Your assembly design must contain primarily high-quality, stainless steel fluidic components in a size of 2” or less. We recommend you choose primarily from stainless steel components manufactured by Tylok, Swagelok, Hy-Lok or Ham-Let. Components from these websites must comprise a significant amount of the total value of your design and be integral to the design. These websites will provide pricing with a simple registration.
Your assembly design should contain standard products wherever possible. It should not contain newly invented components.
Fluid system products used in the home include heating systems, cooling systems, plumbing, and appliances. Please see below for a detailed list with brief descriptions.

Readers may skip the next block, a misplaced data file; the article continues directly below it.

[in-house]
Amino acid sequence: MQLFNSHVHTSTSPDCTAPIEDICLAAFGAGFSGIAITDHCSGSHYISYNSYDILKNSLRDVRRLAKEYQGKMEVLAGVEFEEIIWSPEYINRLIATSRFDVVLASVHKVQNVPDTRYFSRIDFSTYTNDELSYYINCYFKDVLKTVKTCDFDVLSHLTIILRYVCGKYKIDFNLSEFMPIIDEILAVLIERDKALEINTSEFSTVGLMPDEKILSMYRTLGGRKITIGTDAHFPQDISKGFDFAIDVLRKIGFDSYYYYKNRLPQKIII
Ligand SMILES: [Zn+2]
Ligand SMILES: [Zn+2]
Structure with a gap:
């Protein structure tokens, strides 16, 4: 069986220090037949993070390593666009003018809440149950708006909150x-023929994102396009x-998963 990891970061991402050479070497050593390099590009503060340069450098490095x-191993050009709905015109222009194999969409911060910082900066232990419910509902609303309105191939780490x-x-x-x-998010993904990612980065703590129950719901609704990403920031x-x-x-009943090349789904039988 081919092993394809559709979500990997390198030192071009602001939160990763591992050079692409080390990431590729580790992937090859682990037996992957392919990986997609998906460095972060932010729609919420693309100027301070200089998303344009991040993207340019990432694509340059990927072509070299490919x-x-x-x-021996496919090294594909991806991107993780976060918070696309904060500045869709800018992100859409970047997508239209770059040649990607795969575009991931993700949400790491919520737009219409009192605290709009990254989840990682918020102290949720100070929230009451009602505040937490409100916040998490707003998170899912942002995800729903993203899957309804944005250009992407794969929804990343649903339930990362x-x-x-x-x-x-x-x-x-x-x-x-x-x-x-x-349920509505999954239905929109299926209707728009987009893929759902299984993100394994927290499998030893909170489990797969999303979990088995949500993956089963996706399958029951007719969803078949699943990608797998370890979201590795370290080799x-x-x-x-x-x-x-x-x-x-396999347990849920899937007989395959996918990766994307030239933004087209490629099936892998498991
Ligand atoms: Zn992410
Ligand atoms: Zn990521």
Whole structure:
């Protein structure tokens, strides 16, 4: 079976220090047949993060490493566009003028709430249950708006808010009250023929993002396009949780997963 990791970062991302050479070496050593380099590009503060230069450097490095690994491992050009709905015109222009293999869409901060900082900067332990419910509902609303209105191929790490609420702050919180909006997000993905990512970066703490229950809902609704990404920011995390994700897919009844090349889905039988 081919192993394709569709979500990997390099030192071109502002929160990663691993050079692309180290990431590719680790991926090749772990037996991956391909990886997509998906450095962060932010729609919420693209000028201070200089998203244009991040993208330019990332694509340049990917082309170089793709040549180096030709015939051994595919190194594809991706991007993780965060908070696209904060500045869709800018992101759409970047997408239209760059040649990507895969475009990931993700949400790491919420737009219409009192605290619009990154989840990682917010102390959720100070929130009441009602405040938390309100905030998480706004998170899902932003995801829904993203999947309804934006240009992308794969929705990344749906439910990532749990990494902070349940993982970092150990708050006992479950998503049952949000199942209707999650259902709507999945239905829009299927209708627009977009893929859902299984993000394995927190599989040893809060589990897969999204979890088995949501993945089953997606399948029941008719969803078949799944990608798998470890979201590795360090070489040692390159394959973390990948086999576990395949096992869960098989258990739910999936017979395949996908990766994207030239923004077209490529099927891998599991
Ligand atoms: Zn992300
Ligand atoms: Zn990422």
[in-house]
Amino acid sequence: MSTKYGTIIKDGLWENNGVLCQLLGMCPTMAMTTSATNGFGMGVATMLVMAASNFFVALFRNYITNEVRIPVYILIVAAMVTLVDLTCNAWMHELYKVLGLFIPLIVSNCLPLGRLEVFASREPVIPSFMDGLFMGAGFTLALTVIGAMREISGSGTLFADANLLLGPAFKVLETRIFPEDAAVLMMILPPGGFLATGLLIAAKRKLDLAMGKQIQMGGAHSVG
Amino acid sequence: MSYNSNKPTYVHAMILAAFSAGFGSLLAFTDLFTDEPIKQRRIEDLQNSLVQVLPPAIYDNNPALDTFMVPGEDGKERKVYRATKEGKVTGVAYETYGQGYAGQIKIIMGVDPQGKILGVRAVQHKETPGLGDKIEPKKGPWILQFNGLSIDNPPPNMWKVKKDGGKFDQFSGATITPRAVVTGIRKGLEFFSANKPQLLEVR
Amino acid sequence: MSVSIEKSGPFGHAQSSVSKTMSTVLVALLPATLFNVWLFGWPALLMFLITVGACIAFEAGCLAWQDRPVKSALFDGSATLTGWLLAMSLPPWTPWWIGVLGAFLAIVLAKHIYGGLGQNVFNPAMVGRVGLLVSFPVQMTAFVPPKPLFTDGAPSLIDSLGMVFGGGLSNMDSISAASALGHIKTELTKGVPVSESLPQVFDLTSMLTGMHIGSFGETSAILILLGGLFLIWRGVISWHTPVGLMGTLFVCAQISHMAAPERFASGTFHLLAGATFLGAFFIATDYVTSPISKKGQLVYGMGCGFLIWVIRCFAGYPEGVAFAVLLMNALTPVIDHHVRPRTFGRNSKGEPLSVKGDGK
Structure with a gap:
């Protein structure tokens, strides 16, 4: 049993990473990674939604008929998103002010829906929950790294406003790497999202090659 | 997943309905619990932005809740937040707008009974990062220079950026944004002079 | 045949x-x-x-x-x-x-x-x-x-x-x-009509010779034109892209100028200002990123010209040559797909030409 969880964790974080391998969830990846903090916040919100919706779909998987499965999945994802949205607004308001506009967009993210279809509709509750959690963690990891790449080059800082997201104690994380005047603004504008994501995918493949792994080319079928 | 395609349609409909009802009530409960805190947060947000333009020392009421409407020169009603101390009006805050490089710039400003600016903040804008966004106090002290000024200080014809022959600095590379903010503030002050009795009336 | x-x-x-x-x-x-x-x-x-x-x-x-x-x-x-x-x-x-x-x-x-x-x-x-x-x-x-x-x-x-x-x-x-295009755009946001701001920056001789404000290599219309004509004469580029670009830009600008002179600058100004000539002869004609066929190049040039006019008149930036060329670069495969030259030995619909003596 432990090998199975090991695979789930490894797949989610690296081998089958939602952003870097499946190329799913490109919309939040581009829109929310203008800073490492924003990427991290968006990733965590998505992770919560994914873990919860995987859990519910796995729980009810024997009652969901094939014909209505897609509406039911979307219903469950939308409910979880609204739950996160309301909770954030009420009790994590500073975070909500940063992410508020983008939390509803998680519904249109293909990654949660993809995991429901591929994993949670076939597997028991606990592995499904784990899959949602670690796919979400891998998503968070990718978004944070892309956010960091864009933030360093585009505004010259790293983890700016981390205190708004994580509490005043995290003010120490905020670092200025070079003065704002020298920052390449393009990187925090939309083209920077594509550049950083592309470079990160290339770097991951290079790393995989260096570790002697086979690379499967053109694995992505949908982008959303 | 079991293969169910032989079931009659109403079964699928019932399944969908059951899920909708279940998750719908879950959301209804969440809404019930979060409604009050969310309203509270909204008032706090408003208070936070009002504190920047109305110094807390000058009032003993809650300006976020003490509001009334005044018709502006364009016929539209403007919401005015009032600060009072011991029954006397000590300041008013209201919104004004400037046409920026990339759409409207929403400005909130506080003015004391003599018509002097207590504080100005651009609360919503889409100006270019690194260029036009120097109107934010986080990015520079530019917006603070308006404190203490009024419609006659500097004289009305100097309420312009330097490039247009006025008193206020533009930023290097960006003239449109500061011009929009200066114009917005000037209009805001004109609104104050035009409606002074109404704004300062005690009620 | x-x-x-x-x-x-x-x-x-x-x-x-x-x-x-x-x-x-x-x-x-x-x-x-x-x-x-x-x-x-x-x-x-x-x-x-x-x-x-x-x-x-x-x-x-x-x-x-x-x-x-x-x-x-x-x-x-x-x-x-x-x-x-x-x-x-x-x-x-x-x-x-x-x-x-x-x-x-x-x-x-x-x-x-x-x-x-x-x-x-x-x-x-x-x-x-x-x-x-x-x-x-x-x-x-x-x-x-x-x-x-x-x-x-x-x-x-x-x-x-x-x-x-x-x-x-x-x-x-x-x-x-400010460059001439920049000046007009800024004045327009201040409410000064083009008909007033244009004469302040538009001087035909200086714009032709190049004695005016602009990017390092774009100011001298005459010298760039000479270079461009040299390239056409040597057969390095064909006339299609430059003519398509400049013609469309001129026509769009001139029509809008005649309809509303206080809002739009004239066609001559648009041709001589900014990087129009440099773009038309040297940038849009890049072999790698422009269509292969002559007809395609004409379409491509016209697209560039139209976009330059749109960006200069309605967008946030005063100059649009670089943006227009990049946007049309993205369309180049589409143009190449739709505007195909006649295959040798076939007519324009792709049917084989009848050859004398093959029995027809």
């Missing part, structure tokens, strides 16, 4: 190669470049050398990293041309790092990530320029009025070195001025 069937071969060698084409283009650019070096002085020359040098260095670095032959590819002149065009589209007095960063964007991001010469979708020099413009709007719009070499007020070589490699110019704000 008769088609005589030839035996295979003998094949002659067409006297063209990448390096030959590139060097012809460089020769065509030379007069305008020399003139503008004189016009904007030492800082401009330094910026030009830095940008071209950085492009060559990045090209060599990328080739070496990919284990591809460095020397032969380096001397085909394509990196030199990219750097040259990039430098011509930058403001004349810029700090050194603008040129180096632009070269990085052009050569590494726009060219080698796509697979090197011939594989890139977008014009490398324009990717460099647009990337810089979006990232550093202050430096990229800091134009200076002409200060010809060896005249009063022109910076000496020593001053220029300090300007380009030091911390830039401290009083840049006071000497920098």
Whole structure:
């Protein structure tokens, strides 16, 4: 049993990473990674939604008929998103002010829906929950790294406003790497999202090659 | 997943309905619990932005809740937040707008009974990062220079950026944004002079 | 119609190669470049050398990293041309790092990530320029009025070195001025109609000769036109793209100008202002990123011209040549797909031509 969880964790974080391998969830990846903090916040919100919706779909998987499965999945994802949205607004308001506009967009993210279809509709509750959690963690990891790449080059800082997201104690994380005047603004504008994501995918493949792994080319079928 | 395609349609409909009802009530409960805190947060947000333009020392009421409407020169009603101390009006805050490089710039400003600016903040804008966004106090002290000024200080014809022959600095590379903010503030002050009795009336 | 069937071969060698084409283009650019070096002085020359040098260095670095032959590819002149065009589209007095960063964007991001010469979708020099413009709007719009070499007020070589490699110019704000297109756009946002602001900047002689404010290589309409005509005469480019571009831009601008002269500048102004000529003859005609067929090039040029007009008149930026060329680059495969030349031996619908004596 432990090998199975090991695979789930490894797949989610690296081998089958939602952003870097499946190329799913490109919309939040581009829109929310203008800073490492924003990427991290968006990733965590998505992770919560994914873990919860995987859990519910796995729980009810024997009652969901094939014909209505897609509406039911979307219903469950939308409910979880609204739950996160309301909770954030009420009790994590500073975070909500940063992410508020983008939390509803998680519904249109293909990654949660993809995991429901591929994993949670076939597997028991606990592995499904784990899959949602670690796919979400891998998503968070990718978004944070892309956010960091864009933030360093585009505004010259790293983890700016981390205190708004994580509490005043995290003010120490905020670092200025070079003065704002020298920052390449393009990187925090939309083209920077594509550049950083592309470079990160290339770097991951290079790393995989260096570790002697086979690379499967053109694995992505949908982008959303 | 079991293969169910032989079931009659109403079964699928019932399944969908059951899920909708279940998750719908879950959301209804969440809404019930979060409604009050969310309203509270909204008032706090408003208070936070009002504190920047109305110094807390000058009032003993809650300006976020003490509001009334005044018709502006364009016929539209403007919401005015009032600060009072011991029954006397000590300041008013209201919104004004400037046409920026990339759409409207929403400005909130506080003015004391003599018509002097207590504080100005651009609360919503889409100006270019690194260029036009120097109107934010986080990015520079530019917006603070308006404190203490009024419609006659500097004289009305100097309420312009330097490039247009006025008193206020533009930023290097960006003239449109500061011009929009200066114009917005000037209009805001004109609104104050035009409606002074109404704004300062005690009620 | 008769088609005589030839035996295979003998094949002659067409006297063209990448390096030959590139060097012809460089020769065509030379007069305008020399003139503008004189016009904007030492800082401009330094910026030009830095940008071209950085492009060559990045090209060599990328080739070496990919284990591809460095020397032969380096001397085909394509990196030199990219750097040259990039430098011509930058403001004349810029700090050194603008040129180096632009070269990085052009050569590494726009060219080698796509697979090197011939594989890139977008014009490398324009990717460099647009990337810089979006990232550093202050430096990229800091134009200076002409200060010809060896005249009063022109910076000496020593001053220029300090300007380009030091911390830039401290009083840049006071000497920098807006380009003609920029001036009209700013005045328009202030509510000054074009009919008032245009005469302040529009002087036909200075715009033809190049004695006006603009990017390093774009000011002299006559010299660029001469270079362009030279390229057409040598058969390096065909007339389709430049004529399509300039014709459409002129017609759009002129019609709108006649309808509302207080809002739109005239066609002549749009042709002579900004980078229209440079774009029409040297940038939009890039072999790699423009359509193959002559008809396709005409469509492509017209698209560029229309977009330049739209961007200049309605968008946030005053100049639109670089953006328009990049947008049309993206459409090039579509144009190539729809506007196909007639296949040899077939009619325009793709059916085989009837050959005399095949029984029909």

Dishwashers, washing machines, dryers, refrigerators, freezers, and even coffee makers make use of fluidic components to manage liquid or gas in the home.
According to All Systems Mechanical, "A furnace uses a fuel to generate its own source of heat and then circulates this heat throughout your house. There are many types of furnaces, including gas furnaces, oil furnaces and electric furnaces, all of which have their pros and cons but essentially accomplish the same thing – they utilize a fuel to burn as a means of heating the air inside of your home. Furnaces heat air in the home and then disperse it through air ducts."
According to All Systems Mechanical, "A heat pump is a machine that transfers heat from an area of cool air (called a “heat sink”) to an area that is warmer. The most obvious application for this is to remove heat from the air outside of your house and transfer it into your home as a means of heating."